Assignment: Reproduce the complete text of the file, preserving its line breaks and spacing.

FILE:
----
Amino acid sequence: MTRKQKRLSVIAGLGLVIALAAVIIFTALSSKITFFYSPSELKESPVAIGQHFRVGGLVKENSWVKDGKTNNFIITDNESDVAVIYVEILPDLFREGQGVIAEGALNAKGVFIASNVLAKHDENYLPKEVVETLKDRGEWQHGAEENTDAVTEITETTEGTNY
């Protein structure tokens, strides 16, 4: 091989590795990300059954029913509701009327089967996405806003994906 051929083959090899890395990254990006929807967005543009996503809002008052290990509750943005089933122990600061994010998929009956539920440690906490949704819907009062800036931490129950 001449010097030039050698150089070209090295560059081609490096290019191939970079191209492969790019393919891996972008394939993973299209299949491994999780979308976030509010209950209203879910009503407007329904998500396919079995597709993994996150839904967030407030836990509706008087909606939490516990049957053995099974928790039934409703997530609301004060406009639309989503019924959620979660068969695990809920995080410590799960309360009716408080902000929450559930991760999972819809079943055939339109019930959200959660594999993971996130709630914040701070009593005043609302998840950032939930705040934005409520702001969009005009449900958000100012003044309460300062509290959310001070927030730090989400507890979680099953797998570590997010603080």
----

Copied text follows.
Amino acid sequence: MTRKQKRLSVIAGLGLVIALAAVIIFTALSSKITFFYSPSELKESPVAIGQHFRVGGLVKENSWVKDGKTNNFIITDNESDVAVIYVEILPDLFREGQGVIAEGALNAKGVFIASNVLAKHDENYLPKEVVETLKDRGEWQHGAEENTDAVTEITETTEGTNY
């Protein structure tokens, strides 16, 4: 091989590795990300059954029913509701009327089967996405806003994906 051929083959090899890395990254990006929807967005543009996503809002008052290990509750943005089933122990600061994010998929009956539920440690906490949704819907009062800036931490129950 001449010097030039050698150089070209090295560059081609490096290019191939970079191209492969790019393919891996972008394939993973299209299949491994999780979308976030509010209950209203879910009503407007329904998500396919079995597709993994996150839904967030407030836990509706008087909606939490516990049957053995099974928790039934409703997530609301004060406009639309989503019924959620979660068969695990809920995080410590799960309360009716408080902000929450559930991760999972819809079943055939339109019930959200959660594999993971996130709630914040701070009593005043609302998840950032939930705040934005409520702001969009005009449900958000100012003044309460300062509290959310001070927030730090989400507890979680099953797998570590997010603080």